A covered litter box has certainly the advantage that there is less cleanup since the litter can’t spill over the side after an energetic digger covers her waste.
You also might think that a covered box makes it more private and tranquil for a cat to relieve herself. But a few cats feel trapped in a vulnerable situation, worse still are the litter boxes with a flapping door.
For a larger cat, the walls of a covered litter box reduce the amount of space she has to turn and squat without pushing up against the sides of the box or the top.
For the people not seeing the litter itself, it is too easy to forget to scoop it frequently enough.
Because there is no air circulation, the stench and fumes of the urine and faeces stay trapped inside. Just imagine what it’s like for the poor kitty, with a much more sensitive sense of smell, to use this toilet!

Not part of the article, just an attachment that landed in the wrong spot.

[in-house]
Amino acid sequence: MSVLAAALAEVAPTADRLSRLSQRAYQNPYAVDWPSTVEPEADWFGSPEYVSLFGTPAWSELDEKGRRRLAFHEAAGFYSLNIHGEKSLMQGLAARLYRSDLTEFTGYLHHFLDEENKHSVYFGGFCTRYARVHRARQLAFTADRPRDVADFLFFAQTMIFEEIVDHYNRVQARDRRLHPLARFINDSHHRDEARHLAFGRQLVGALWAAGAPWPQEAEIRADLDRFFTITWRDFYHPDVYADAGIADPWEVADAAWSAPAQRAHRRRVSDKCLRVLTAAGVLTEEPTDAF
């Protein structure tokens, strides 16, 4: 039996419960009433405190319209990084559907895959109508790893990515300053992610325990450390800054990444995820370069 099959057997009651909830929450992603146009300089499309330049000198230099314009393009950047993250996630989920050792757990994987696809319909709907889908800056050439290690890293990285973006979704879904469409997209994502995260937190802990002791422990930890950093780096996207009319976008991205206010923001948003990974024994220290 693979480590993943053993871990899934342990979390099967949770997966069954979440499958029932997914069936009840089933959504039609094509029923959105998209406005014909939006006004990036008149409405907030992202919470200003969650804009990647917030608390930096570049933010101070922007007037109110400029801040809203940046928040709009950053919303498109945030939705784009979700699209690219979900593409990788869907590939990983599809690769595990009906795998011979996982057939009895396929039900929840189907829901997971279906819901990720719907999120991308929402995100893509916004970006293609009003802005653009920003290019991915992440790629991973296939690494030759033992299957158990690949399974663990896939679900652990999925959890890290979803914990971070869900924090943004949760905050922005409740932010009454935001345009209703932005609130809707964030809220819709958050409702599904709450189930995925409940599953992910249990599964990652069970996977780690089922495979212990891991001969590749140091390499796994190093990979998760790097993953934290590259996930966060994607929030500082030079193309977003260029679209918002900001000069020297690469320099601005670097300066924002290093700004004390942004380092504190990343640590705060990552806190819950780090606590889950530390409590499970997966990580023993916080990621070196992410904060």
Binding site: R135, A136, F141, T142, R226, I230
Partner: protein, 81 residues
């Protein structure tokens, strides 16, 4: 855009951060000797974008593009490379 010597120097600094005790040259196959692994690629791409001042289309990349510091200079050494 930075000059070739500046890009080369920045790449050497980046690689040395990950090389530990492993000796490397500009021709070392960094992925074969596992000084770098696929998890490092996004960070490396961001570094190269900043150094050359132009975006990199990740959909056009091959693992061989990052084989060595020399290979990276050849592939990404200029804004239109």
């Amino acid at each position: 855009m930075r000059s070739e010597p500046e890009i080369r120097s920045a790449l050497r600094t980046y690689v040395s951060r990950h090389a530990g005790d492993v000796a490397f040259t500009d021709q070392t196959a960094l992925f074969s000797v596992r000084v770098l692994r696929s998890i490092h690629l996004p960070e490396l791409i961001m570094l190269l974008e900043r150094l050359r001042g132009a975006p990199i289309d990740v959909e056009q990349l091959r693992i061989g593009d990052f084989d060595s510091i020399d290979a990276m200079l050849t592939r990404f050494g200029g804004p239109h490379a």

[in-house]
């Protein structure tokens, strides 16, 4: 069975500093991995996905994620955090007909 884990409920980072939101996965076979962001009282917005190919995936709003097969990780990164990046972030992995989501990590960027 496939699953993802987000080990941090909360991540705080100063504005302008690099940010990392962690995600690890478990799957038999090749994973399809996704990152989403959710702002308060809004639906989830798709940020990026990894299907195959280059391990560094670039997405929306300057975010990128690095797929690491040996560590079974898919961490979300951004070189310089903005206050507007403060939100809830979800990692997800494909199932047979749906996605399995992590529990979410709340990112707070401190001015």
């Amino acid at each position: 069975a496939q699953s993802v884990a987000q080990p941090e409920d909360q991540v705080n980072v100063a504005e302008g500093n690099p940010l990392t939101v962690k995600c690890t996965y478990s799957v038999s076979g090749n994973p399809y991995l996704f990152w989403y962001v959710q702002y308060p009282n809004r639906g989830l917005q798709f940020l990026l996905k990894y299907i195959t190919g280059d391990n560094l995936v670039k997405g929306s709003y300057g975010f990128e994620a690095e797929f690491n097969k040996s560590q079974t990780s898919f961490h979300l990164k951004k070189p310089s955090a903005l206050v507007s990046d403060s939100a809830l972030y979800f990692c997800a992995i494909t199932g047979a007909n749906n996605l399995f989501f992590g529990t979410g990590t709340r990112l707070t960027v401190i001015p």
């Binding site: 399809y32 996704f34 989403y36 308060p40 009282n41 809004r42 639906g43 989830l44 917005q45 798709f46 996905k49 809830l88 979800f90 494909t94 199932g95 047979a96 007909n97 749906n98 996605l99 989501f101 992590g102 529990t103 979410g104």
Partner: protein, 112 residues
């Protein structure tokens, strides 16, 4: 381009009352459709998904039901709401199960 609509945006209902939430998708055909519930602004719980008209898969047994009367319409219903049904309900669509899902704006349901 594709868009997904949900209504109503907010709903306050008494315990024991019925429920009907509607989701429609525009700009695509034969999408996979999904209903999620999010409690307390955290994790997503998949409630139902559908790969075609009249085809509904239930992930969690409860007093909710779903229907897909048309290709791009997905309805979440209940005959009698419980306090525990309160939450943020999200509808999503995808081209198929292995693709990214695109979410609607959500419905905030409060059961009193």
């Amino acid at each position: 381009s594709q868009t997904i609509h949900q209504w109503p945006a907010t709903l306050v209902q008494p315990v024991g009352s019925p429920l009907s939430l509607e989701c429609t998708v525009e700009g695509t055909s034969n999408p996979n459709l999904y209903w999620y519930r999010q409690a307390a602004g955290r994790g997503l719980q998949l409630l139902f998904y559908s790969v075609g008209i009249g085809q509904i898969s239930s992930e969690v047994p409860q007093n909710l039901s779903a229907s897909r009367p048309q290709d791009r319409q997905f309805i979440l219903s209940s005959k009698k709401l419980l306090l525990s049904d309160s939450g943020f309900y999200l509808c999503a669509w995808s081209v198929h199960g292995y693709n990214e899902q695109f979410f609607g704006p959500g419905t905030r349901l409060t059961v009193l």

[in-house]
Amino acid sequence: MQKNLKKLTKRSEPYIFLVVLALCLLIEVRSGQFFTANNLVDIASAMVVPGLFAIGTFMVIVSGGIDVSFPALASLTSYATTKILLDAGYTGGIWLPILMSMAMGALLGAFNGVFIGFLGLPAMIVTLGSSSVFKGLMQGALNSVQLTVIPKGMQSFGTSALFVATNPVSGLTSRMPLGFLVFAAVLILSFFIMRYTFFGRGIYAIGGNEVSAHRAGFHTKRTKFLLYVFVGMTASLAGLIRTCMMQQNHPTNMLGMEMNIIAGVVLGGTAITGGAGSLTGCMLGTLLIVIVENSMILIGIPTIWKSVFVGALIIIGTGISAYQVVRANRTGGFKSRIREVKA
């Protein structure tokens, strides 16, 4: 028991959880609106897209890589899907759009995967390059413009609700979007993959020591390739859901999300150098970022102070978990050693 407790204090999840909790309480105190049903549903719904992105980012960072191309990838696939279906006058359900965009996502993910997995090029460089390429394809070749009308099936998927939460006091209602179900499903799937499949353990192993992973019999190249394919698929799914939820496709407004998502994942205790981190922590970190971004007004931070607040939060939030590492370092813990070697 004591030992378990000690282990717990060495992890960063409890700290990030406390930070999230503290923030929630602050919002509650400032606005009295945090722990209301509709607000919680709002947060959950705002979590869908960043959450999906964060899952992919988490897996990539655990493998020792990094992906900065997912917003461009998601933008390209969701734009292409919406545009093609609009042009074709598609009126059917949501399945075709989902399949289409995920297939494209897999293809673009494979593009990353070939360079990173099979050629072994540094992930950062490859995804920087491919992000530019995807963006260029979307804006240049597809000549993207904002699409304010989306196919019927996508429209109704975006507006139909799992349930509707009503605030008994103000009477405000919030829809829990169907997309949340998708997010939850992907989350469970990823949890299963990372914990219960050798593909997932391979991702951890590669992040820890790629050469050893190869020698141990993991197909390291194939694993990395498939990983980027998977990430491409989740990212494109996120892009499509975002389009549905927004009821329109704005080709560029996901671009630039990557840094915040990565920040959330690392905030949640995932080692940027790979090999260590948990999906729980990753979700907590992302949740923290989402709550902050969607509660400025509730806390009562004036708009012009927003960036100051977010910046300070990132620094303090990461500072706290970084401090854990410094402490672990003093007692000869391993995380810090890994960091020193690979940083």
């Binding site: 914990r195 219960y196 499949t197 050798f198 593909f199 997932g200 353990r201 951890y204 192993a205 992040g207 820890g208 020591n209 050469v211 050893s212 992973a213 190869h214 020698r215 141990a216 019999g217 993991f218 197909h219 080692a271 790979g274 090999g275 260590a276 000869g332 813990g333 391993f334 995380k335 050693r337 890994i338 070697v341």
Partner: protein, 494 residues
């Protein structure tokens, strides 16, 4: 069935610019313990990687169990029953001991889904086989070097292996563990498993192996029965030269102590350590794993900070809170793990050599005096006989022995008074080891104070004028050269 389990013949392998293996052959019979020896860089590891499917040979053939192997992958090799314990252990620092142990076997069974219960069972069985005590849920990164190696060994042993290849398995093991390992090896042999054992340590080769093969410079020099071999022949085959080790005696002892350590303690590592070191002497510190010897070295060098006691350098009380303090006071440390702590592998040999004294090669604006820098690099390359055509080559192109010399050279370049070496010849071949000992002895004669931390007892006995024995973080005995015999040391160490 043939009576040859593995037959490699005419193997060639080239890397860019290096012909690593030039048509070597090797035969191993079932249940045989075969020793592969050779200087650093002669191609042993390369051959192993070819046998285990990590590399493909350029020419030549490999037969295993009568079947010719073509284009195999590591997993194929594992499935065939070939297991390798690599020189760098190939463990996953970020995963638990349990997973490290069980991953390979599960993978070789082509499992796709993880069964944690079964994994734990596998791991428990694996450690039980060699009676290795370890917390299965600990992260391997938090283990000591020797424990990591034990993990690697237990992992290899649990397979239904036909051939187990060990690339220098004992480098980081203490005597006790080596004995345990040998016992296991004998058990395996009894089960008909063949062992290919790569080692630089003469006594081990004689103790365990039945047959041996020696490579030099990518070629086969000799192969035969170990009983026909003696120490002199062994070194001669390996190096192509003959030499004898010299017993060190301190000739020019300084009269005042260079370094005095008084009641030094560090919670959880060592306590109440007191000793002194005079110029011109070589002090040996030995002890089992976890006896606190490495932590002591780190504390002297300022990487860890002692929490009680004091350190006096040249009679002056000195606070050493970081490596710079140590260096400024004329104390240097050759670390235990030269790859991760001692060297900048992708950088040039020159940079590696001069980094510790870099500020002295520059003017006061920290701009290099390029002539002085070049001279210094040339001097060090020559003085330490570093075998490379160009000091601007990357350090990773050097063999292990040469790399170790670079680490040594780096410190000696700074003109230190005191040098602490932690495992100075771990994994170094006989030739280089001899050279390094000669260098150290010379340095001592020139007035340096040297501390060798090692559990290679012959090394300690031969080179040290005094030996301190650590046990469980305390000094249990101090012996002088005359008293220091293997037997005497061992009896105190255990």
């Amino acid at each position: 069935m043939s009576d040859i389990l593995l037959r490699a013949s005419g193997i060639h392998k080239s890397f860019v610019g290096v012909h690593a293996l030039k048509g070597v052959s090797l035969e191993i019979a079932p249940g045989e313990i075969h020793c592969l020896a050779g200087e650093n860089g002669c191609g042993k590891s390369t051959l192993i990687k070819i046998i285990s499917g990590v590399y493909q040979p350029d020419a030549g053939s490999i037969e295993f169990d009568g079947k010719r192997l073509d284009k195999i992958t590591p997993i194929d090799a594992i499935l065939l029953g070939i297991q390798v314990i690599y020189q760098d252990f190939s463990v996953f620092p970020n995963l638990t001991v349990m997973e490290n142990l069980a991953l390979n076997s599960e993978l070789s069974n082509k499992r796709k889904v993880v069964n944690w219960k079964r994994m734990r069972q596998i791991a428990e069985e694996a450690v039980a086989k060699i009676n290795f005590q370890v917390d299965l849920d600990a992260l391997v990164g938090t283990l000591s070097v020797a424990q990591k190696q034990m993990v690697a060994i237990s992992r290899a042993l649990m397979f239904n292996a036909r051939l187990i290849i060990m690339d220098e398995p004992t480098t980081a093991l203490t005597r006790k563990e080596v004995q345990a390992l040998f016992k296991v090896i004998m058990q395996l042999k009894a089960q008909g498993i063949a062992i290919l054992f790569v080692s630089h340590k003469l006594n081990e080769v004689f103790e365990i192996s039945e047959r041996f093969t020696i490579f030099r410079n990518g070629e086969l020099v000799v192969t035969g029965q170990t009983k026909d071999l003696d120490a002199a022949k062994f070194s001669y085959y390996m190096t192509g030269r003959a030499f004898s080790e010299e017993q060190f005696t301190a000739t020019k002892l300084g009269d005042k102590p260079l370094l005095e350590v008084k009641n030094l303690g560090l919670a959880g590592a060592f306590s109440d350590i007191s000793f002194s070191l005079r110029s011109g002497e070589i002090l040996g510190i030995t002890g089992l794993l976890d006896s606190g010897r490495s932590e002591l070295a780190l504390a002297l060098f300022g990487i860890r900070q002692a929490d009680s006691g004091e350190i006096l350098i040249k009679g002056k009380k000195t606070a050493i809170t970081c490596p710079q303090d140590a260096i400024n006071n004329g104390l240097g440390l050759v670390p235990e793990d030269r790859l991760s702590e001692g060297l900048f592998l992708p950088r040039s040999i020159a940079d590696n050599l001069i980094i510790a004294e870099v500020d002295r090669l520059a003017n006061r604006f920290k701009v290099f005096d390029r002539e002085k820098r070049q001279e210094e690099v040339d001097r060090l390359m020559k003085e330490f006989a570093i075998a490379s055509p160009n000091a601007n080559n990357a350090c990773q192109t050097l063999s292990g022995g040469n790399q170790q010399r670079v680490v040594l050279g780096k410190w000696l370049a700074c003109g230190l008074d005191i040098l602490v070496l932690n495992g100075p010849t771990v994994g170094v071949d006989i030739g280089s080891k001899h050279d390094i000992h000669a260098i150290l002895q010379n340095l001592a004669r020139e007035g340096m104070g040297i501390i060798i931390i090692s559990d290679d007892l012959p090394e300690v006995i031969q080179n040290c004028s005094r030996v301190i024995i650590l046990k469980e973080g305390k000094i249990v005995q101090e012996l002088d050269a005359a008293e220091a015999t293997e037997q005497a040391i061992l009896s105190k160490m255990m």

There are cats which will prefer covered boxes, because they are timid and scared and look to relieve themselves in hiding.
If you get a covered box and your kitty is not happy, you always can take off the top and at least have a litter box with high walls and therefore less spillage.
For an average cat: the sides of the box can be about 6 inches (15 cm) high, low enough to pop over easily, but high enough to contain the litter when the cat covers up after herself.
As convenient it may sound, self-
For kittens: the box should be large with low sides so it is easy for the little kitty to get up and over.
For seniors: the box should be large with low sides, because arthritis can make it difficult or painful to step over a side of any height.
For an energetic litter scratcher: taller sides will keep more of the litter inside.
Length: the box should be twice as long as the cat herself – at an absolute minimum 1.5 times.
Width: the box should be one cat-